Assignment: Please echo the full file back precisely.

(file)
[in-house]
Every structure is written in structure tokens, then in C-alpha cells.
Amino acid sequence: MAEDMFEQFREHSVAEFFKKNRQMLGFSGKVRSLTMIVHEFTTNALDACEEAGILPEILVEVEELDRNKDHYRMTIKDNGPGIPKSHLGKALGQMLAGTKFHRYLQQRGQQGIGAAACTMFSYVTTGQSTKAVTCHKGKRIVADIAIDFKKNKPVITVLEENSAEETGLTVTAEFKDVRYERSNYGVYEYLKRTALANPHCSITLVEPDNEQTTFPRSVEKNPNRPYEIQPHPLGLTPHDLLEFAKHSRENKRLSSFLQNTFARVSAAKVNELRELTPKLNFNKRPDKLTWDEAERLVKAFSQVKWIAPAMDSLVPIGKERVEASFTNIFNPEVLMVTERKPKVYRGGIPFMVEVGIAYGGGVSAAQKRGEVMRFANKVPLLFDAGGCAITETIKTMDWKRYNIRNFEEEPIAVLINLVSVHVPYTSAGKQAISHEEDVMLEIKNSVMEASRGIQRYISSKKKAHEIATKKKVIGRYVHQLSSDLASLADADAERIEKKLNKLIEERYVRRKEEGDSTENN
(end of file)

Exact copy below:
[in-house]
Every structure is written in structure tokens, then in C-alpha cells.
Amino acid sequence: MAEDMFEQFREHSVAEFFKKNRQMLGFSGKVRSLTMIVHEFTTNALDACEEAGILPEILVEVEELDRNKDHYRMTIKDNGPGIPKSHLGKALGQMLAGTKFHRYLQQRGQQGIGAAACTMFSYVTTGQSTKAVTCHKGKRIVADIAIDFKKNKPVITVLEENSAEETGLTVTAEFKDVRYERSNYGVYEYLKRTALANPHCSITLVEPDNEQTTFPRSVEKNPNRPYEIQPHPLGLTPHDLLEFAKHSRENKRLSSFLQNTFARVSAAKVNELRELTPKLNFNKRPDKLTWDEAERLVKAFSQVKWIAPAMDSLVPIGKERVEASFTNIFNPEVLMVTERKPKVYRGGIPFMVEVGIAYGGGVSAAQKRGEVMRFANKVPLLFDAGGCAITETIKTMDWKRYNIRNFEEEPIAVLINLVSVHVPYTSAGKQAISHEEDVMLEIKNSVMEASRGIQRYISSKKKAHEIATKKKVIGRYVHQLSSDLASLADADAERIEKKLNKLIEERYVRRKEEGDSTENN